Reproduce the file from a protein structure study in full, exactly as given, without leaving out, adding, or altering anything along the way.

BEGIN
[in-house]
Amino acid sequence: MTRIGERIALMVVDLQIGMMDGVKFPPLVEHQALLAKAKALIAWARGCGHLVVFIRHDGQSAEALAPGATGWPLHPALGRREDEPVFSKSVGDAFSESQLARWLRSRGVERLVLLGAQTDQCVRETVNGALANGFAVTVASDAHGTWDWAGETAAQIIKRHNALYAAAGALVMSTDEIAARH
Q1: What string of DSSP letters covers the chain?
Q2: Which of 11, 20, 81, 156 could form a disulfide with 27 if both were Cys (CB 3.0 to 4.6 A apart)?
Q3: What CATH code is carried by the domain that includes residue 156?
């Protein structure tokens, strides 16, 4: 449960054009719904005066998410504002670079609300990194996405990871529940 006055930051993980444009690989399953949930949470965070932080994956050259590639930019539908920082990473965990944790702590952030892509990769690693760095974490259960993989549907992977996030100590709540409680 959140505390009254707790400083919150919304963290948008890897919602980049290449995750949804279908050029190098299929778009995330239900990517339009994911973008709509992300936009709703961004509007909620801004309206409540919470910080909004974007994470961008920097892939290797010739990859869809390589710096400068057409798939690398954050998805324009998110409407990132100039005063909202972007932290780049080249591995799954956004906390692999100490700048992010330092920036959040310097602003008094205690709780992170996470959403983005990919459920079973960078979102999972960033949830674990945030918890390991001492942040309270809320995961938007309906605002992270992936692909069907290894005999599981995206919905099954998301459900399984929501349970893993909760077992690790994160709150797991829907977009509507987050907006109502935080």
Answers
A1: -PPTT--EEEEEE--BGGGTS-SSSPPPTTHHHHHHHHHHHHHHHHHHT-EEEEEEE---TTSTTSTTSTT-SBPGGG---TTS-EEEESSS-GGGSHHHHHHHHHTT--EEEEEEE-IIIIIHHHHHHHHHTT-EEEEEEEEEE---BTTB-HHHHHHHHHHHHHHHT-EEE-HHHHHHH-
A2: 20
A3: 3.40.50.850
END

[in-house]
Amino acid sequence: MTRIGERIALMVVDLQIGMMDGVKFPPLVEHQALLAKAKALIAWARGCGHLVVFIRHDGQSAEALAPGATGWPLHPALGRREDEPVFSKSVGDAFSESQLARWLRSRGVERLVLLGAQTDQCVRETVNGALANGFAVTVASDAHGTWDWAGETAAQIIKRHNALYAAAGALVMSTDEIAARH
Q1: What string of DSSP letters covers the chain?
Q2: Which of 11, 20, 81, 156 could form a disulfide with 27 if both were Cys (CB 3.0 to 4.6 A apart)?
Q3: What CATH code is carried by the domain that includes residue 156?
């Protein structure tokens, strides 16, 4: 449960054009719904005066998410504002670079609300990194996405990871529940 006055930051993980444009690989399953949930949470965070932080994956050259590639930019539908920082990473965990944790702590952030892509990769690693760095974490259960993989549907992977996030100590709540409680 959140505390009254707790400083919150919304963290948008890897919602980049290449995750949804279908050029190098299929778009995330239900990517339009994911973008709509992300936009709703961004509007909620801004309206409540919470910080909004974007994470961008920097892939290797010739990859869809390589710096400068057409798939690398954050998805324009998110409407990132100039005063909202972007932290780049080249591995799954956004906390692999100490700048992010330092920036959040310097602003008094205690709780992170996470959403983005990919459920079973960078979102999972960033949830674990945030918890390991001492942040309270809320995961938007309906605002992270992936692909069907290894005999599981995206919905099954998301459900399984929501349970893993909760077992690790994160709150797991829907977009509507987050907006109502935080």
Answers
A1: -PPTT--EEEEEE--BGGGTS-SSSPPPTTHHHHHHHHHHHHHHHHHHT-EEEEEEE---TTSTTSTTSTT-SBPGGG---TTS-EEEESSS-GGGSHHHHHHHHHTT--EEEEEEE-IIIIIHHHHHHHHHTT-EEEEEEEEEE---BTTB-HHHHHHHHHHHHHHHT-EEE-HHHHHHH-
A2: 20
A3: 3.40.50.850